Same. My 14 year old lab was snoring on the couch as I watched this and I found this incredibly sad. I think someone tried to bring their cat on the bus, but a soldier took it. I saw the dead dear earlier in the episode and the bird from the first, so many animals suffered as well. 

My lab is almost 12, and spends much of his time snoozing on the couch. 🙂

Edited by Calamity Jane
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Then once you think you’ve gotten a basic grasp on Chernobyl, go try to read about Fukushima, which had three reactors melt down.

(Plus government cover ups, which some people believe are still ongoing, and the whole works.)

Edited by kieyra
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45 minutes ago, kieyra said:

Then once you think you’ve gotten a basic grasp on Chernobyl, go try to read about Fukushima, which had three reactors melt down.

(Plus government cover ups, which some people believe are still ongoing, and the whole works.)

Wasn't that eight years ago? I can't believe it didn't cross my mind, considering how there are still things being said that it's contaminated. To be careful about what you eat, etc. 

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I've had a long love of Soviet history, especially the story of Chernobyl/Pripyat.

For those of you who want to learn more, I recommend the following two books:

Adam Higginbotham, Midnight in Chernobyl, which includes profiles of Legasov, Scherbina, Akimov, Dyatlov, Toptunov, Ludmilla and Vasily Ignatenko, etc.  

Svetlana Alexievich, Voices from Chernobyl, mentioned upthread.  I haven't read it since its original release, so I will need to revisit it.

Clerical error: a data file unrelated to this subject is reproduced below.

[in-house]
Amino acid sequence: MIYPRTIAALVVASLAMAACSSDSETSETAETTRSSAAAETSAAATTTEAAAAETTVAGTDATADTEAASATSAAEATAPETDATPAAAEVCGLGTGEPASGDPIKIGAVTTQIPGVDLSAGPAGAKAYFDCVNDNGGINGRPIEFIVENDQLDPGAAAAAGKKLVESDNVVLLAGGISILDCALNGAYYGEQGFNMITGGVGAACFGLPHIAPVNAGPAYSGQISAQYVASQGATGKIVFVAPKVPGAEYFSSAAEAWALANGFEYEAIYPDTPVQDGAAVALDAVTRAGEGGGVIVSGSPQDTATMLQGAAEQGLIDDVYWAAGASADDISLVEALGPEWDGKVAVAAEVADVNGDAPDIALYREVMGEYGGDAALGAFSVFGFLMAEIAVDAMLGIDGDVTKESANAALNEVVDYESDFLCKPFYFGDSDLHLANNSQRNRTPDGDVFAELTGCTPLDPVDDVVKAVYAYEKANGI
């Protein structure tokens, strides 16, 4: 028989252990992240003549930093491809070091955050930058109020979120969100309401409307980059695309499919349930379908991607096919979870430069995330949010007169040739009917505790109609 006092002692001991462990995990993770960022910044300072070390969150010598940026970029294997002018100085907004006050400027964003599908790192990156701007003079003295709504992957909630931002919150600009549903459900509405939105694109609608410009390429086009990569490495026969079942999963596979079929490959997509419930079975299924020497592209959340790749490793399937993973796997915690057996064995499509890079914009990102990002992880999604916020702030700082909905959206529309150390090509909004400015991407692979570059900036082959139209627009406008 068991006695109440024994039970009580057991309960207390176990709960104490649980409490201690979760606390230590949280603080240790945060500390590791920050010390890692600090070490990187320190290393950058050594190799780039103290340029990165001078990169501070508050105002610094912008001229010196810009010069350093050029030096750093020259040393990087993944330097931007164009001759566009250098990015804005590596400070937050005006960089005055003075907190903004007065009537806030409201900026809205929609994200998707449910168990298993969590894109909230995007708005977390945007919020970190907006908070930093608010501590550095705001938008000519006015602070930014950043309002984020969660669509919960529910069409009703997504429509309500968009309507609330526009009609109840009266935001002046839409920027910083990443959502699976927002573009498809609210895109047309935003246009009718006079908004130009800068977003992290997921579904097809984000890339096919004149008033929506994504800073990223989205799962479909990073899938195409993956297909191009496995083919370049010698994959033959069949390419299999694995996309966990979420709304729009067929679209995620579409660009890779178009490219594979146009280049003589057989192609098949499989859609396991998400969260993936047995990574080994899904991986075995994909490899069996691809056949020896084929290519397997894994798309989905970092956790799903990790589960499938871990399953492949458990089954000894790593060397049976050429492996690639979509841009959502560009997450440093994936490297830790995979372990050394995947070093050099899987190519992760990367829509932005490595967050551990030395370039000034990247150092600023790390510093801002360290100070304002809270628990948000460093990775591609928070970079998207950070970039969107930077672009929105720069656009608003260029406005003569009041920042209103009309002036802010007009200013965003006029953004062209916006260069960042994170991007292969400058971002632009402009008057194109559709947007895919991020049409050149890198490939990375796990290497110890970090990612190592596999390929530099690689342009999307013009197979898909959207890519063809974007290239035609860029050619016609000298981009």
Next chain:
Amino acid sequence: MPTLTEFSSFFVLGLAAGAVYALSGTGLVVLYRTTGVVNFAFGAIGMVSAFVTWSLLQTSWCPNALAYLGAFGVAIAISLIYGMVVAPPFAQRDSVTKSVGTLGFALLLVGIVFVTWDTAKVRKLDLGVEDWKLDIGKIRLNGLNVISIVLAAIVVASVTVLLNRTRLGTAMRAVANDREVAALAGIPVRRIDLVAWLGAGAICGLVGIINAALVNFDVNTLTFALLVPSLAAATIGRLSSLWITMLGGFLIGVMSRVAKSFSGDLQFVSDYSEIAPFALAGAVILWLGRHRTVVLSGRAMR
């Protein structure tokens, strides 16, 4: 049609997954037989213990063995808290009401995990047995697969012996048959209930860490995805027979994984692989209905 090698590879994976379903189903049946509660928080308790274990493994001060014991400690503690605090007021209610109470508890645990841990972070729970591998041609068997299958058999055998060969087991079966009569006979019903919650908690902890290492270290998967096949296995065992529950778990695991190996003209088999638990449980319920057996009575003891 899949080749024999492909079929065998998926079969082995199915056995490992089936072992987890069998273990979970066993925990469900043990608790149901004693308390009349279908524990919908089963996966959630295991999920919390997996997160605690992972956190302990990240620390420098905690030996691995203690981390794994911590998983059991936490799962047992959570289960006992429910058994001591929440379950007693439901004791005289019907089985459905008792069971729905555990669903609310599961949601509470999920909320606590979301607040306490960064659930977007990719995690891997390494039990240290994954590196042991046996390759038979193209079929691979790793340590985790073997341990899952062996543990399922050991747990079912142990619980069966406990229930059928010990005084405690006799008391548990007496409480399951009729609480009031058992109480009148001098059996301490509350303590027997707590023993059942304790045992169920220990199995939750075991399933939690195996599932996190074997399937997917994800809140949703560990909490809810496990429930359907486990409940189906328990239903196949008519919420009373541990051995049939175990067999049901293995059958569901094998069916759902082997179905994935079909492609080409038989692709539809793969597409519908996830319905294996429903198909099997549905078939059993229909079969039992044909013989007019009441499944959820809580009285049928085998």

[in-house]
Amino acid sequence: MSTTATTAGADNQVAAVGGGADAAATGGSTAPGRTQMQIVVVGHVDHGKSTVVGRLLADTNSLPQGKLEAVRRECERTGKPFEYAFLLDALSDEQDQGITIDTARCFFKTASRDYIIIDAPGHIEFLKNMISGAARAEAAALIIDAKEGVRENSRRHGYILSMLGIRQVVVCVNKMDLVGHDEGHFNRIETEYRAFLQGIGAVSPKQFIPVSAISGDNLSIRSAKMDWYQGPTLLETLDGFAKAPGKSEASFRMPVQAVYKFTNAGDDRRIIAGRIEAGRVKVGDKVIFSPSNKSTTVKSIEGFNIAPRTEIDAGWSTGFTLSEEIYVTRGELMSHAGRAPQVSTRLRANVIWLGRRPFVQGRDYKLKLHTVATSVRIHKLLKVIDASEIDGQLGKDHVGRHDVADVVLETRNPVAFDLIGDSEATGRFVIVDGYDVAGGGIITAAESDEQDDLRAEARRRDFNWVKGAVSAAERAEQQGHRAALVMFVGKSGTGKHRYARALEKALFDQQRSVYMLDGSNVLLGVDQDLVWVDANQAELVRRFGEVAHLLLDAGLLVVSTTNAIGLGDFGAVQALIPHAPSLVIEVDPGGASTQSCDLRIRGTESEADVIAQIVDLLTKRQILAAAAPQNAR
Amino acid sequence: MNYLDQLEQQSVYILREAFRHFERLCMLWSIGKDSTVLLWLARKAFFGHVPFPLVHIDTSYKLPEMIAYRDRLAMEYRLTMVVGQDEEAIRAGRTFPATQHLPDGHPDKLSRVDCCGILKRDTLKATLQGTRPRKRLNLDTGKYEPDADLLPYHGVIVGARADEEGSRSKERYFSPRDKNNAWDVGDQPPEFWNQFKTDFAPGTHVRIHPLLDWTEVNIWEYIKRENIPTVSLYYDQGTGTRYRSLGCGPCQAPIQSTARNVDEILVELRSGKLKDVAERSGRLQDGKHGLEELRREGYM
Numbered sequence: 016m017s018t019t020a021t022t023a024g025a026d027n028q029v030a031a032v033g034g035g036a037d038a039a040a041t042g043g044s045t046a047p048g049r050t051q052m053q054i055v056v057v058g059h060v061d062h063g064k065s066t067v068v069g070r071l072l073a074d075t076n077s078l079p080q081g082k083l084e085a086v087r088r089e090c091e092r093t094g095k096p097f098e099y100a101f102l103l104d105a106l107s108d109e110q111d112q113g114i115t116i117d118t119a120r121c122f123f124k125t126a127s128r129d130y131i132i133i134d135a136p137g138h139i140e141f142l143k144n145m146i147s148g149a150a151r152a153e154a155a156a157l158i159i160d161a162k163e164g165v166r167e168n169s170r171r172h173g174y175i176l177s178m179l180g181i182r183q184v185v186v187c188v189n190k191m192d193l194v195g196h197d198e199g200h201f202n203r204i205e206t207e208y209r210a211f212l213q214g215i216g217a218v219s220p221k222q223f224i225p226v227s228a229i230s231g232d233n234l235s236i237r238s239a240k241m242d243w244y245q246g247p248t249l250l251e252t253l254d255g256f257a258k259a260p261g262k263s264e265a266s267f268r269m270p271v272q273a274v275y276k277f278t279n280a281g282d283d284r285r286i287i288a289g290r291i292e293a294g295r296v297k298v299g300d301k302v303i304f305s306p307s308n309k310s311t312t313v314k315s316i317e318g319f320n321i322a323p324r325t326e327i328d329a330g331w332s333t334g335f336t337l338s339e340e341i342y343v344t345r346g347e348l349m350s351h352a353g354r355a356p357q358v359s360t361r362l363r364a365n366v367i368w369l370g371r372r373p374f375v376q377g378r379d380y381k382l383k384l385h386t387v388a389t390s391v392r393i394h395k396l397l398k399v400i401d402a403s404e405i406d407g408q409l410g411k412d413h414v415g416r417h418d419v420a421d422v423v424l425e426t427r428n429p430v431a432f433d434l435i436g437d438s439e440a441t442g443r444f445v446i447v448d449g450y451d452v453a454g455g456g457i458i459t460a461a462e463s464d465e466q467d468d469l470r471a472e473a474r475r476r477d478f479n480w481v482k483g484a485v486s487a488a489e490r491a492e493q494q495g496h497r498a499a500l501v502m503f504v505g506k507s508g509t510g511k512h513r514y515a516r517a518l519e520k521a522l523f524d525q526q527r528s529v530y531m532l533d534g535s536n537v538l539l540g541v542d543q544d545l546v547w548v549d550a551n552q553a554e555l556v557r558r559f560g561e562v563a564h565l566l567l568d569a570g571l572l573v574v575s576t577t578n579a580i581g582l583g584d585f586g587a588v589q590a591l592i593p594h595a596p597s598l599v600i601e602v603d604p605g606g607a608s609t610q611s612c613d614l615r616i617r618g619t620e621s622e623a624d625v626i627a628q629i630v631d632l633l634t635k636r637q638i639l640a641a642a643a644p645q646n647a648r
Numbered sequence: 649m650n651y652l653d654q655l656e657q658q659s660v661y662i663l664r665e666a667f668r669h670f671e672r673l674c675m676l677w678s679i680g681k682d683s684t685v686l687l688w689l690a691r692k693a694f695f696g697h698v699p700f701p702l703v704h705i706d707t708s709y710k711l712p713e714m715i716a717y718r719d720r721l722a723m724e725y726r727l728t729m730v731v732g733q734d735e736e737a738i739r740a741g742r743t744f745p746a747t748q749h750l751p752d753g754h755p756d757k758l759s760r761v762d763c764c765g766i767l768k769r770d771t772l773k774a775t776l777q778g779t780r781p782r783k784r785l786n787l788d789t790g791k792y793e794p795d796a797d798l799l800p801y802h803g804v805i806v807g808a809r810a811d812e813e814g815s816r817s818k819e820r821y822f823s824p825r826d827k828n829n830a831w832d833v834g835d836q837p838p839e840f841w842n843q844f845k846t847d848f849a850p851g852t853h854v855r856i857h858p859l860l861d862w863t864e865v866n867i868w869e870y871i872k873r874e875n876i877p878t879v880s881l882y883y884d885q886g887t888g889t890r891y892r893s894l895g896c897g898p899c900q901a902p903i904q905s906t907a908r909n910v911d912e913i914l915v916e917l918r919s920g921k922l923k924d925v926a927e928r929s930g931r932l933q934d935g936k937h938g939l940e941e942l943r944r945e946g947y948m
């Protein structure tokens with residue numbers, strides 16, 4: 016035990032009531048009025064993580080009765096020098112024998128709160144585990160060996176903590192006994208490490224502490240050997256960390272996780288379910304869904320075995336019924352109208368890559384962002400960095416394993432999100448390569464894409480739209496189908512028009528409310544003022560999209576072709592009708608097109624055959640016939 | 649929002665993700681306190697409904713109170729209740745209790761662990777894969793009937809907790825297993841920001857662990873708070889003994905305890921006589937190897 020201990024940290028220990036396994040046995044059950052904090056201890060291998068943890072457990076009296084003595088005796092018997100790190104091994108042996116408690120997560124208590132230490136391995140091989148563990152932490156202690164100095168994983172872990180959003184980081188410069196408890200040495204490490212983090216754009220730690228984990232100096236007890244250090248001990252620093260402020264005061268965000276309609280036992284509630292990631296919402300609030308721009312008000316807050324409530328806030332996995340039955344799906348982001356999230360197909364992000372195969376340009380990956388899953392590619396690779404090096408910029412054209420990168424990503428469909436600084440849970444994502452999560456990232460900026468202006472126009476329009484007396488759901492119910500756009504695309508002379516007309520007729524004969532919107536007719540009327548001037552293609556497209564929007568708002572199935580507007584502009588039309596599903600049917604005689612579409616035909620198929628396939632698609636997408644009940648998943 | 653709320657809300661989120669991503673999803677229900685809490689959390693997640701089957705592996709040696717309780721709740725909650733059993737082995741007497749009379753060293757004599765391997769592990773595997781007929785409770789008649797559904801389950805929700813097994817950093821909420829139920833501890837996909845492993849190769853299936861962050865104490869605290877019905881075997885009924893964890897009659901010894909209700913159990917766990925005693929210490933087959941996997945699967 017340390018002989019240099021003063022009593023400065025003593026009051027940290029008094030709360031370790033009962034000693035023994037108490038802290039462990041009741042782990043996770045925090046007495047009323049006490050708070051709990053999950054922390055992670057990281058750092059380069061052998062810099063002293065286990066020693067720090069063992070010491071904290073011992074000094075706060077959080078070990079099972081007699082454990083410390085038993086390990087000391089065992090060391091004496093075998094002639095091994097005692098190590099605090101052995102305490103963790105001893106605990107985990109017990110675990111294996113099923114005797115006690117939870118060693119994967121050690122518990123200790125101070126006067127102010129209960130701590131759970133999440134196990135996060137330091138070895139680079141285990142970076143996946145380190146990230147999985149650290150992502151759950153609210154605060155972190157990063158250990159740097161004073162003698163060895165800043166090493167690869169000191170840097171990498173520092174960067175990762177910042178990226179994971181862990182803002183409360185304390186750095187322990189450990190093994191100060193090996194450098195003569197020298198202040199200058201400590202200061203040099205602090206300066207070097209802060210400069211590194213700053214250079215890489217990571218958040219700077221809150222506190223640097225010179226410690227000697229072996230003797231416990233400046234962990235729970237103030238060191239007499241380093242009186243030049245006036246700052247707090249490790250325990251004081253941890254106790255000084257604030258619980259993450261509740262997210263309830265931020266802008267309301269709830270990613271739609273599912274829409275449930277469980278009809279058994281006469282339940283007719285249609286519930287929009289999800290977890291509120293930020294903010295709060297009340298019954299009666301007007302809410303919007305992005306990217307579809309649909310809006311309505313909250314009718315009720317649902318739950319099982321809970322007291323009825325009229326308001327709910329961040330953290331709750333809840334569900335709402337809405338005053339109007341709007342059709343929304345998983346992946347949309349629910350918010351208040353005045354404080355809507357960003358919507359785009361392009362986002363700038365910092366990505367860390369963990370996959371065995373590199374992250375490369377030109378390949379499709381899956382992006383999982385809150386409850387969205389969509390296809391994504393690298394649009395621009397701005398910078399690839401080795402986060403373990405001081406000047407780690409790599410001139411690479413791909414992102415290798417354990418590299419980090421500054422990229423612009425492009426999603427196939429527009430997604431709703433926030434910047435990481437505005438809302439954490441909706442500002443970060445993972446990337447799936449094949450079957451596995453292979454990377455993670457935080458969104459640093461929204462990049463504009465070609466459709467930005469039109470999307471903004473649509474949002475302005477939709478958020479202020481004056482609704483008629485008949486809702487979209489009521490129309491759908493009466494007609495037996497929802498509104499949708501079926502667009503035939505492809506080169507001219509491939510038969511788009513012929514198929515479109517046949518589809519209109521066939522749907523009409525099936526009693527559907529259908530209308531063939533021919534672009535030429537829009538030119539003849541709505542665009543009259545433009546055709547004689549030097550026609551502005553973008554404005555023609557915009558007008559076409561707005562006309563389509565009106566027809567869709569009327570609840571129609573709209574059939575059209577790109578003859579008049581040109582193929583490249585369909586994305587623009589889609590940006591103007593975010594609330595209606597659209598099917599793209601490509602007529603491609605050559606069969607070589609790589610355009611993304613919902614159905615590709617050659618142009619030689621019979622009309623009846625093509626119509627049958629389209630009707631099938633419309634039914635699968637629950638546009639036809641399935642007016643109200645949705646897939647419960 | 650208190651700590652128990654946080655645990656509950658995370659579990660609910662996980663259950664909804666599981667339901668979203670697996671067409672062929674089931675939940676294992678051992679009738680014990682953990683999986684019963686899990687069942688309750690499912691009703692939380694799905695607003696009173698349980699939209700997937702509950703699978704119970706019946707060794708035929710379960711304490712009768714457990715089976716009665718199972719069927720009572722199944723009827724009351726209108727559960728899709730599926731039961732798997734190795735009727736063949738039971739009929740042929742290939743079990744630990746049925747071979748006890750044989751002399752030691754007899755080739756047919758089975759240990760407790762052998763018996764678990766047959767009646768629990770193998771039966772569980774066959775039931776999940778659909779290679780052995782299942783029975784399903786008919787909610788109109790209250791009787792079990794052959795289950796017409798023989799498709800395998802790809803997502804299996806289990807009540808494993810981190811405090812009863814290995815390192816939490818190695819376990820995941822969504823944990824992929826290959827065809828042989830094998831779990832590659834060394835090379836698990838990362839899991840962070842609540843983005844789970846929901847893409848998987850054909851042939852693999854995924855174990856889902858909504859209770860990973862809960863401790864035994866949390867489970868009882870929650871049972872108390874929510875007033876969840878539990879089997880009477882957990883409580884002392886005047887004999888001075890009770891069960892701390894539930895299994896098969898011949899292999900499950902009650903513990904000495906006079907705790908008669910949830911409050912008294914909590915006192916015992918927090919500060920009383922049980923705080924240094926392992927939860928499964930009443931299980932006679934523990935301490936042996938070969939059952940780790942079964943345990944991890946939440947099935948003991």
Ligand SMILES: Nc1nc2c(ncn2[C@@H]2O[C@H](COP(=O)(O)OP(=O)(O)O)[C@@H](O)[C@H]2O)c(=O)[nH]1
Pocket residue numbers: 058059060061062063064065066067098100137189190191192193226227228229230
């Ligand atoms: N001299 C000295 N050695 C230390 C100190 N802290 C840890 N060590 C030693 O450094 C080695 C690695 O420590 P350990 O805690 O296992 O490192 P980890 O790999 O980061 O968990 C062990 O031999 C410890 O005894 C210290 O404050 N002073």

Love the miniseries so far.  

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56 minutes ago, Anela said:

Wasn't that eight years ago? I can't believe it didn't cross my mind, considering how there are still things being said that it's contaminated. To be careful about what you eat, etc. 

They are just barely starting to get robots in there that can last long enough to assess what’s going on with the remaining nuclear fuel in the reactors, and their attempts to prevent radiation from leaking into the water table etc aren’t working so well. It seems like it’s all just off the media’s radar. There’s supposedly been a huge uptick in thyroid cancers in kids there, but other research says the reports are only going up because there’s more screening.

I don’t know, this is a new rabbit hole for me.

Edit: here’s this ... https://www.nytimes.com/2018/09/05/world/asia/japan-fukushima-radiation-cancer-death.html

Edited by kieyra
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I was thinking the whole time how the clean-up could only happen in a communist country because those miners and others could be essentially ordered to work to their death.  Who would they get to do those jobs in the US?

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4 hours ago, eejm said:

Along with Threads and The Day After, there was a movie along the same lines called Testament that was similarly harrowing but not quite as gory.

I once met Jane Alexander at a book signing for her autobiography and told her my favorite movie of hers was Testament. She said it was her favorite, too, even though it was probably the most emotionally devastating.

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1 hour ago, meatball77 said:

I was thinking the whole time how the clean-up could only happen in a communist country because those miners and others could be essentially ordered to work to their death.  Who would they get to do those jobs in the US?

I guess, to give our messed-up country some credit, emergency responders for 9/11 acted in much the same way. And this show and the associated podcast do make it sound like the Russian coal miners had a fair amount of power, and more or less chose to go and do the job.